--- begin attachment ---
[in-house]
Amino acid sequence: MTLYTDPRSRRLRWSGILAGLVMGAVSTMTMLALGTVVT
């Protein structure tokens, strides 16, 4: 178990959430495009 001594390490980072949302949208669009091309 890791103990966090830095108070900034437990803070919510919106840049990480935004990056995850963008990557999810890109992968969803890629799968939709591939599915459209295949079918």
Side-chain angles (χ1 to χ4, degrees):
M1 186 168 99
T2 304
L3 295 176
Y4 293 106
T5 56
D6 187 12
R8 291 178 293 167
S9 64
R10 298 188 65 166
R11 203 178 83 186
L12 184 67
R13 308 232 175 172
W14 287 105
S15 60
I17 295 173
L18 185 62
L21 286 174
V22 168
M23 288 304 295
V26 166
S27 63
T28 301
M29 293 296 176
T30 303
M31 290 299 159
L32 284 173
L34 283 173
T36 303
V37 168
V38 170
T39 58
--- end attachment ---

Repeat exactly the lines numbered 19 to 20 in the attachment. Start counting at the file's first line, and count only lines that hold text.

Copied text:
I17 295 173
L18 185 62